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New programme seeks to train 100 Islanders as waiters and servers

Government hopes to reduce the number of work permits for waiters by 100 with a new waiter/server programme.

Economy, Trade and Industry Minister Patrice Minors told the House of Assembly on Friday that her Ministry had launched the programme in partnership with the Bermuda Hotel Association, and the Restaurant Division of the Chamber of Commerce.

She said that between 400 and 600 work permits for waiters and servers were approved annually.

“The waiter/server programme, open to all persons seeking to reinvent themselves and pursue a career as a waiter or server, is one that will require four weeks of course work in technical and soft skills areas and prepares students for the Dining Room Associate designation from the Federation of Dining Room Professionals,” the Minister announced.

The four-week programme is free, now open to the general public and no experience is required. But the BHA and the Chamber will vet applications to ensure that “the applicants accepted into the programme possess all the necessary qualities that will enable successful recruitment by their members upon successful completion of the programme.”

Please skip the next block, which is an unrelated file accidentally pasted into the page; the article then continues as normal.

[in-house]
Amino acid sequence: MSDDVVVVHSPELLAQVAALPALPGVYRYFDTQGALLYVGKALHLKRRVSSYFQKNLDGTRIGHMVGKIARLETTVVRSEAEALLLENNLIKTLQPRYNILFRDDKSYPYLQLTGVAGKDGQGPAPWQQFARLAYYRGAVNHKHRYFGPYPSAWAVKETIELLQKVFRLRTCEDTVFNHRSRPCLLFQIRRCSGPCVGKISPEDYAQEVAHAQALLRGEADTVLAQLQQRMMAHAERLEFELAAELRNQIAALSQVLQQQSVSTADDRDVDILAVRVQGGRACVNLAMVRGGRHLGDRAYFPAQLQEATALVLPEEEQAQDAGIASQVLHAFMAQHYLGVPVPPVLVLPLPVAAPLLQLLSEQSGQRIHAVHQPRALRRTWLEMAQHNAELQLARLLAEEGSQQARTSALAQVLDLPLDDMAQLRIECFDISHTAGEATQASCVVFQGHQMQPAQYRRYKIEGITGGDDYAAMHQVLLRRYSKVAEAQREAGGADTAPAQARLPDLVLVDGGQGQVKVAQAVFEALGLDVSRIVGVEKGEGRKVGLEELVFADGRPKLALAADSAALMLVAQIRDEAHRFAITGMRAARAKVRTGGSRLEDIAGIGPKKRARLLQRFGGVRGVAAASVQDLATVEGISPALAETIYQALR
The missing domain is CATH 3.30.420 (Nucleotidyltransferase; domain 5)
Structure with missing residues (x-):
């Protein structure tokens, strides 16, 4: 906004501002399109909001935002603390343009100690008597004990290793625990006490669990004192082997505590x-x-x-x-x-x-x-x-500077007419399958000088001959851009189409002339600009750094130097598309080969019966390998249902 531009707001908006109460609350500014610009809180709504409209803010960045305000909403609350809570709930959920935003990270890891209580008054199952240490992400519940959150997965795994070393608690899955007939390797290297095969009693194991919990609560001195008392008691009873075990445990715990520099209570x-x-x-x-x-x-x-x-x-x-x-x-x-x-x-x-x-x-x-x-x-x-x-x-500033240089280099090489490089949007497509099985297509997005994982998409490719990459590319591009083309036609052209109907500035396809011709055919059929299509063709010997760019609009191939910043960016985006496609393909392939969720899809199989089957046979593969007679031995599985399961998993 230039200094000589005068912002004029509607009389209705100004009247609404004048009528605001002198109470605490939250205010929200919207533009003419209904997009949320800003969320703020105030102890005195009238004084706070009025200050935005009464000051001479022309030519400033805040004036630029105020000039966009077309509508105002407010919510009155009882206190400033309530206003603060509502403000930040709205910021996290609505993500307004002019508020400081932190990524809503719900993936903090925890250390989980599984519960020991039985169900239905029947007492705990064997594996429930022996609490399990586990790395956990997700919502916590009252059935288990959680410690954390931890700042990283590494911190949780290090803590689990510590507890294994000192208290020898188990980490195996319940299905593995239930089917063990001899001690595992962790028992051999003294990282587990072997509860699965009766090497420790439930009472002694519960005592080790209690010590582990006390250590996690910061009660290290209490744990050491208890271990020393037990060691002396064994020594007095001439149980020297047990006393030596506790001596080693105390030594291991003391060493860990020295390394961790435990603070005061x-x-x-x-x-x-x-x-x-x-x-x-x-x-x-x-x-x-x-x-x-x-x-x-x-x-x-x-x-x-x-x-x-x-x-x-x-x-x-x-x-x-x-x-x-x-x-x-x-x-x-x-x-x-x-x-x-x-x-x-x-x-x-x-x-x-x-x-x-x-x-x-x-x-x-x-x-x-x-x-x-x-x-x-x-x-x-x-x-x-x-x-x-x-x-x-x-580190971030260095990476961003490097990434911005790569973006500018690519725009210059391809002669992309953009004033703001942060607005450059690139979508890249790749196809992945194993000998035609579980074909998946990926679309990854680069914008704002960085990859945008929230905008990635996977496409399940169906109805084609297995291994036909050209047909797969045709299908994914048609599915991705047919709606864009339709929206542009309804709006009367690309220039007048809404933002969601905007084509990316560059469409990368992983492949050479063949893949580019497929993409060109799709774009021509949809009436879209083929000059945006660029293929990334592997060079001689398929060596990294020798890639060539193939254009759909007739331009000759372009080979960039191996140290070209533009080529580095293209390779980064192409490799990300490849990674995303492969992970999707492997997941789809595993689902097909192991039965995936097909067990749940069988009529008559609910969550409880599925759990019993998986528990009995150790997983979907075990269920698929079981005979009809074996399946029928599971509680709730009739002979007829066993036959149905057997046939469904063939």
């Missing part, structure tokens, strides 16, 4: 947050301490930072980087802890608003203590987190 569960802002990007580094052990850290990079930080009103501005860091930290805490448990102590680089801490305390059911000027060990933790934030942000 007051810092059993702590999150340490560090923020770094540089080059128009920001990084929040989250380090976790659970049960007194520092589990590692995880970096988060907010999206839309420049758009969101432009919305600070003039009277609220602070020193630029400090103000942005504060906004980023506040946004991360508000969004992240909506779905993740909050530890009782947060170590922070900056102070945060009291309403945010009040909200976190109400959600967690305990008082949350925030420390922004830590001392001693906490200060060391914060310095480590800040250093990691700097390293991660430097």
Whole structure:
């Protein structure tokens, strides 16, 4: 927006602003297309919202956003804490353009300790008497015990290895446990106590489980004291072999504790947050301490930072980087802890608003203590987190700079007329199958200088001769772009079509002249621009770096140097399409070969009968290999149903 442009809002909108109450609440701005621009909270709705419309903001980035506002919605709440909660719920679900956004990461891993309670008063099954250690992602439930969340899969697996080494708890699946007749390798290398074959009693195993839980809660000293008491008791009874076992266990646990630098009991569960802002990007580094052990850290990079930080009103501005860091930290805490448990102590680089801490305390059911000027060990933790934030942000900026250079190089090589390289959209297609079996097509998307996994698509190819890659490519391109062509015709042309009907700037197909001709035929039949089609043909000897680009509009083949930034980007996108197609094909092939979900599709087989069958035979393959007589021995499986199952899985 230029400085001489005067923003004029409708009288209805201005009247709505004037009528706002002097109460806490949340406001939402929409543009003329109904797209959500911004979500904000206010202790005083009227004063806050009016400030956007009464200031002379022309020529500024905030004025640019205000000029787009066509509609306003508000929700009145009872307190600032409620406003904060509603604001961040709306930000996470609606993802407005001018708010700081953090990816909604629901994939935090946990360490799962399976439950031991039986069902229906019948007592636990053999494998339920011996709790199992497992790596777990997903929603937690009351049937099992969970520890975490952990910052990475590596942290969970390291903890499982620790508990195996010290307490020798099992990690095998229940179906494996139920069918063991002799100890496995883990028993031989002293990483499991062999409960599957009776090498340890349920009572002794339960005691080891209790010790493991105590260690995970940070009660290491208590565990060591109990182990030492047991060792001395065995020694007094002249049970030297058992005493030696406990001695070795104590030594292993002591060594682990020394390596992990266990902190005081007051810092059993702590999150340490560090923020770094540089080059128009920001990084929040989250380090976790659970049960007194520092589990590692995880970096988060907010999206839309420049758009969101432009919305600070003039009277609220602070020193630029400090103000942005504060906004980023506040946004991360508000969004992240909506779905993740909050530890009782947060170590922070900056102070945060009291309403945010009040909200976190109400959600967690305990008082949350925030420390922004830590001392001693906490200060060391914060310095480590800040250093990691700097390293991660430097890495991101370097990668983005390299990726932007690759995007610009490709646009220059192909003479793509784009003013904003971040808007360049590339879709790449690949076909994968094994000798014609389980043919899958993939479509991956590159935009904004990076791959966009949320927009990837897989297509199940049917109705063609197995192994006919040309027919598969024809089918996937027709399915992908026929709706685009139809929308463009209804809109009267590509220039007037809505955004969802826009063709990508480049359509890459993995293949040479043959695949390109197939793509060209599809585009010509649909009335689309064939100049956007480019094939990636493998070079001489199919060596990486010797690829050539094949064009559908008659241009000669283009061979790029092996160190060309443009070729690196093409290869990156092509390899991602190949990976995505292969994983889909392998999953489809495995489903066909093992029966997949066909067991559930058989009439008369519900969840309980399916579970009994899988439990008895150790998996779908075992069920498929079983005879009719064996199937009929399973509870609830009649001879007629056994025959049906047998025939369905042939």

The course will cover basic food, wine and beverage service and is based on the International Business & Gourmet Standards of Hospitality.

The Minister also announced that the 2012 hospitality Job Fair featured more than 600 available jobs in 14 hotel properties in all categories.

“Of the 600 jobs, 397 are currently held by work permit holders whose work permits will reach term prior to the start of the season and 268 posts are vacant wherein the hotels are seeking to fill these posts prior to the beginning of the 2012 season,” Mrs Minors said.

“All jobs posted are considered available posts and maybe filled by a suitably qualified Bermudian applicant.”

A total of 684 attendees registered at the November 1 job fair, the Minister informed the House. “Of that total 479, or 70 percent, of registrants indicated that they were currently unemployed. A further 205 indicated that they were working, however, some were either working part time or expected to maintain employment only until the end of 2011.”

Mrs Minors said that the Ministry of Finance was waiving the $100 security vetting fee for all job fair related posts, and that an “expedited process” had been set up between the BHA and the Police Service to speed up recruitment.

“Our immediate priority is securing employment for displaced Bermudians as quickly as possible.”

Economy Minister Patrice Minors

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Published November 21, 2011 at 8:44 am (Updated November 21, 2011 at 8:43 am)

New programme seeks to train 100 Islanders as waiters and servers

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